At the Wright family dinner each night, everyone always seemed to have a story to tell. Something happened at school or work, and perhaps a new theory on the universe had recently hatched. Compliments of my father, politics, science, technology and current events graced our table regularly, and I have always admired him as a true, Jeopardy-excelling, information sponge.
His tireless love of learning continues, whether he studies a new way to enhance his MRI images at work, reads a science journal, or checks in to see how other sailors live aboard their boats. When I called my family the other day, my mother said, “Your father’s scuba diving in the living room.” Not literally. Excitedly he re-lived his last scuba certification class, as he exclaimed, “I got a hundred.” Perfect.
In my own efforts to ride the learning curve, I on the other hand usually need to abandon my instinctive desire for perfection, my need to “ace the test.” As a singer and actor, I’ve recently witnessed the power and importance of living and performing in the moment, as a real and flawed person. Isn’t Julia Roberts perfect? No. In fact, her breakthrough role came in Pretty Woman, where her character fantastically broke just about every rule imaginable in a quirky and unapologetically real personality.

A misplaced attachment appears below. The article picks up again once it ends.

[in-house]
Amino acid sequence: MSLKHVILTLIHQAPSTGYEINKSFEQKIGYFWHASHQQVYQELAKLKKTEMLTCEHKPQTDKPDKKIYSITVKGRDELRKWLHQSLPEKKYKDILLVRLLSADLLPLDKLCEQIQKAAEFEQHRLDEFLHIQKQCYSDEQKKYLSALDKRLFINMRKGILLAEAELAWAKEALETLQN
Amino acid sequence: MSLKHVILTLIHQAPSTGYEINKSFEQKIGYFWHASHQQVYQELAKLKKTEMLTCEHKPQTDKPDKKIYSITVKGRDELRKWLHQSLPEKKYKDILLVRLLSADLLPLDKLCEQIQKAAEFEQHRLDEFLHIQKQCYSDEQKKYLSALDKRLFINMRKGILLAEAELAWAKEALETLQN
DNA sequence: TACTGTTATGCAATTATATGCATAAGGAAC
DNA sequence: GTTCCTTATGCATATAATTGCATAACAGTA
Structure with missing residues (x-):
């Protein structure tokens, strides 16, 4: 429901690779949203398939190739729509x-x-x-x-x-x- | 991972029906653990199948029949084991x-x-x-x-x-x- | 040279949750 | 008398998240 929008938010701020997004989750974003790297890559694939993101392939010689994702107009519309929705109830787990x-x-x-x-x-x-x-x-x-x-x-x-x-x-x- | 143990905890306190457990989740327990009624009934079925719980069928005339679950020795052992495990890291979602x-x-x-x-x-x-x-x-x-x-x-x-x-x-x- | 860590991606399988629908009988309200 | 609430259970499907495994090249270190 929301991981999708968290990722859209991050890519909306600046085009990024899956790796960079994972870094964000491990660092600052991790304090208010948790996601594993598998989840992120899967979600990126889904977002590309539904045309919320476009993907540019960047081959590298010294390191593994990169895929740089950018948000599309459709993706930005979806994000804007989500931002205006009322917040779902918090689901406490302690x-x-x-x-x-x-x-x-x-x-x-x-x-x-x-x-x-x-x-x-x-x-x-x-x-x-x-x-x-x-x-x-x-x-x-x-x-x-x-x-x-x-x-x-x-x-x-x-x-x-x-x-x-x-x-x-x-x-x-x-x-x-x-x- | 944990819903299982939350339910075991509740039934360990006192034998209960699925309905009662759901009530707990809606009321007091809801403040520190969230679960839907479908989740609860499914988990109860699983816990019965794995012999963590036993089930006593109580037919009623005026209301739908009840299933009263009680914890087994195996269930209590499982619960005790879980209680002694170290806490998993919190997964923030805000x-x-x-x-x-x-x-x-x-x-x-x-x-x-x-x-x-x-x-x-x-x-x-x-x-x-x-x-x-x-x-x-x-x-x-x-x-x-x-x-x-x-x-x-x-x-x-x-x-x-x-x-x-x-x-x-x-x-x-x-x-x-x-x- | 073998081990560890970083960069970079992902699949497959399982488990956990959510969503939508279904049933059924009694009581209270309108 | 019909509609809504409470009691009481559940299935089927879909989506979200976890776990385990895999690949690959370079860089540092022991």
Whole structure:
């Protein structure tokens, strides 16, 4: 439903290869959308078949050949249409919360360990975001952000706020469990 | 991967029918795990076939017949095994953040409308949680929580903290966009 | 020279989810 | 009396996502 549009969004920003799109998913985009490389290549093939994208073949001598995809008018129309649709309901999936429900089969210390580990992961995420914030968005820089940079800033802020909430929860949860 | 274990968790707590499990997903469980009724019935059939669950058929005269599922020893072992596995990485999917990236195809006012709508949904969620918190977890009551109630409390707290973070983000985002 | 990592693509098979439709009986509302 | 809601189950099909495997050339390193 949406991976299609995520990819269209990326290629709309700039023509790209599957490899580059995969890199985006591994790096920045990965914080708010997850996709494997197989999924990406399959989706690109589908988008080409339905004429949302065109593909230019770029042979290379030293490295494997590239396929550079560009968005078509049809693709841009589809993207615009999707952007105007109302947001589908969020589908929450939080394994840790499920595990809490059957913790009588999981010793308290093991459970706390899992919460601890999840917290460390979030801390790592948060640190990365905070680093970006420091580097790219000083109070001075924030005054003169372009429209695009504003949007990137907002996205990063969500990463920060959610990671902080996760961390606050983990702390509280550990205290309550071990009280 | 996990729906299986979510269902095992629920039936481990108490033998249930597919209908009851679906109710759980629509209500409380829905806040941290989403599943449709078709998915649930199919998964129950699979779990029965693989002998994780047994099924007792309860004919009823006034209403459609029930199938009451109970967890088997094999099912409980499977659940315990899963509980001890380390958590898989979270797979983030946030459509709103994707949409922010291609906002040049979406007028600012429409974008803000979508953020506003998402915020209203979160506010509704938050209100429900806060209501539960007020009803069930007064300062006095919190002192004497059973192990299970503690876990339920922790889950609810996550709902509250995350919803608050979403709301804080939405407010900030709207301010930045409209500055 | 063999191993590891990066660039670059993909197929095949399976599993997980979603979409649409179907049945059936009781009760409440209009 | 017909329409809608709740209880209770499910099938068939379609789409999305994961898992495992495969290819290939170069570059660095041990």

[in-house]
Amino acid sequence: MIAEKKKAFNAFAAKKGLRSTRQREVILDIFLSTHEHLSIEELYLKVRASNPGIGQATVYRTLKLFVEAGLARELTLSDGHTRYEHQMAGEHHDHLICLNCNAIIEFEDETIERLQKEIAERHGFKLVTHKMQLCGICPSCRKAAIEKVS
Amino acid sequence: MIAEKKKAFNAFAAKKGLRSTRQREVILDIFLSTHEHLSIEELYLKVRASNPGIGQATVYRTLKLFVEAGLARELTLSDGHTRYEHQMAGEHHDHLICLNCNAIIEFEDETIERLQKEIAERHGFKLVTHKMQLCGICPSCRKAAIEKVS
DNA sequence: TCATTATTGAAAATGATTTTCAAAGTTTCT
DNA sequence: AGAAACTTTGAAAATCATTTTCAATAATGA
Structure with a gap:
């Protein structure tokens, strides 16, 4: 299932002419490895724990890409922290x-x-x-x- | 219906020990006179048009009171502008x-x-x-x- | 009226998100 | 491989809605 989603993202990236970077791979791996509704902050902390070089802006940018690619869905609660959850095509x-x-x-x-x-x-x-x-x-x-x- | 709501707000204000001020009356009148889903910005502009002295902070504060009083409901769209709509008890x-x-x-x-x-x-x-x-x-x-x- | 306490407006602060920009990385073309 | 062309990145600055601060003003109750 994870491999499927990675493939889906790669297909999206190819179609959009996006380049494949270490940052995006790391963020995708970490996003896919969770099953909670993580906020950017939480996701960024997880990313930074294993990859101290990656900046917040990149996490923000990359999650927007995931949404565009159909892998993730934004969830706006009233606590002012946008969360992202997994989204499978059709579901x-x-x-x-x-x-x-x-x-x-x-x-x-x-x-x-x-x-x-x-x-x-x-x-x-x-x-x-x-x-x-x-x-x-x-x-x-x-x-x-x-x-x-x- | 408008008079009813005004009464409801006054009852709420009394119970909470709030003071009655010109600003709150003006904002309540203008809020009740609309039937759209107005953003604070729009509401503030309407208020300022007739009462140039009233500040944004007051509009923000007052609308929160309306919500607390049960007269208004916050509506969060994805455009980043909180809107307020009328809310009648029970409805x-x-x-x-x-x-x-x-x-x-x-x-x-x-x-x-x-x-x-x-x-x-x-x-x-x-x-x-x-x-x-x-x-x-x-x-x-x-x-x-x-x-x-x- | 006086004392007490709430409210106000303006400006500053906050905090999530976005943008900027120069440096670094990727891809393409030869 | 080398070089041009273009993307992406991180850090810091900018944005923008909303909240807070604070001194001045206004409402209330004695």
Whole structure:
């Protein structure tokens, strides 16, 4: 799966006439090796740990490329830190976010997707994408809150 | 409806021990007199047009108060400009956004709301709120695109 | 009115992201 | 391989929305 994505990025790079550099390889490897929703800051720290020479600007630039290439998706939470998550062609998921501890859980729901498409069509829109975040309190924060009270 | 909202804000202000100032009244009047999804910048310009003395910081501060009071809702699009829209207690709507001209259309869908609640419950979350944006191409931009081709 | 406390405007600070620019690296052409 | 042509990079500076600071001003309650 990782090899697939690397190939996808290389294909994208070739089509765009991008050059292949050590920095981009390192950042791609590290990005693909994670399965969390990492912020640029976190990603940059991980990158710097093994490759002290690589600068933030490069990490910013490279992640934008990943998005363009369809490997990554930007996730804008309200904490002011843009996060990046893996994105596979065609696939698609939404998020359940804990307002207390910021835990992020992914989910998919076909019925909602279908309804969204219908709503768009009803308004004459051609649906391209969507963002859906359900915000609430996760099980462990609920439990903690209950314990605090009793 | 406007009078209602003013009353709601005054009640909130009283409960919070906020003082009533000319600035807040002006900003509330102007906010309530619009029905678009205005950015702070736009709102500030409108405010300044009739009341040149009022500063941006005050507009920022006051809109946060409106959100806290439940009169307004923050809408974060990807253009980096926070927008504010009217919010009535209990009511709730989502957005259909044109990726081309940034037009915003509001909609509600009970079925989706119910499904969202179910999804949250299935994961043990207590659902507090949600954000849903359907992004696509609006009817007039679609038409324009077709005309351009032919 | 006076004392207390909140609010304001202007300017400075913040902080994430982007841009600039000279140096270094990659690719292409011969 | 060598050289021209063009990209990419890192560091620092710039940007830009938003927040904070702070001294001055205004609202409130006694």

My ego would much rather I strive for perfection at every turn, as a safer, more self-protective option. When I cantor at St. Jean Baptiste, trying not to make mistakes leads to one of two problems: errors from my lack of presence in the moment, or fake and stale worship. This weekend, after allowing myself to relax and sing an honest Lord’s Prayer, a perishoner approached me to say how he’d never understood it before hearing my delivery of the prayer. He also told me I sounded like Julia Roberts, and while I’m not quite certain her notoriety comes from singing, I took it as a high and beautifully human compliment.
This week, I’ve decided to use the excuse of the Chinese New Year to further my resolution already set earlier this month: to act with more kindness to myself. Letting go of perfectionism fits perfectly into that plan; although, it seems I may have to work hard to take that word out of my lexicon. As I sing with Opera Collective tonight in the Union Square subway station, I plan to “play with imperfection” (Dallas Travers) and have a grand time just being me. Wish me luck this year of the dragon.